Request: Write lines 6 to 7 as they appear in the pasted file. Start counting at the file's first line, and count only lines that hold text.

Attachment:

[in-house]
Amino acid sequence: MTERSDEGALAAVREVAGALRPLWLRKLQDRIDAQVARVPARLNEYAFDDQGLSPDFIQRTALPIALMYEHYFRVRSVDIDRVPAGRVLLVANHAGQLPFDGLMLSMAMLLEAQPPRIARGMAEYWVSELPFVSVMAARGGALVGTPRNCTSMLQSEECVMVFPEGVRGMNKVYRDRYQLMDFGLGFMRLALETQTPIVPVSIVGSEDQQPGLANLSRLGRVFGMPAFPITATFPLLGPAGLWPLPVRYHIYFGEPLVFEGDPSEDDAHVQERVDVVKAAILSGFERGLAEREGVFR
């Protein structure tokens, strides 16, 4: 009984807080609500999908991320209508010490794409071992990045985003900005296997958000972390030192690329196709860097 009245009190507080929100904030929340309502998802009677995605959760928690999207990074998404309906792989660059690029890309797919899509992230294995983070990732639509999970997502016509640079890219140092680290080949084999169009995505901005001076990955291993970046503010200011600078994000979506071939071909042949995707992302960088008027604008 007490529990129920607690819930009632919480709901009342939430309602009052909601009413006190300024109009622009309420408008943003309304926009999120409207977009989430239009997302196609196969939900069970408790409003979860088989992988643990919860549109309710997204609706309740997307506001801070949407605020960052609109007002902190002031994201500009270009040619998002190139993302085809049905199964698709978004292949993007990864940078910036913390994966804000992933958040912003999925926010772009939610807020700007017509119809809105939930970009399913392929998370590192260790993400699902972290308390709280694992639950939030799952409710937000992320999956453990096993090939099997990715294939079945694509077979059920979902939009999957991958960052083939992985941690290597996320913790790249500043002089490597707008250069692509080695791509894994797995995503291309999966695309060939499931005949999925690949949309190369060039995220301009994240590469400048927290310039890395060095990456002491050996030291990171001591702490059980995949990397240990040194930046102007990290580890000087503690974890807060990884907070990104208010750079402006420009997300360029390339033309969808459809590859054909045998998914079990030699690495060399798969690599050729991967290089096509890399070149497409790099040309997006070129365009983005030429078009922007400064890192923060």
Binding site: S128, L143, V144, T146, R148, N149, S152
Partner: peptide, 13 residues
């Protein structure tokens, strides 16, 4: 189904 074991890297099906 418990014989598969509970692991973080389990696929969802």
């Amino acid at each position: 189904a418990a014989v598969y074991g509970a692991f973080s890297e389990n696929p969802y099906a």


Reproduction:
């Protein structure tokens, strides 16, 4: 189904 074991890297099906 418990014989598969509970692991973080389990696929969802």
């Amino acid at each position: 189904a418990a014989v598969y074991g509970a692991f973080s890297e389990n696929p969802y099906a």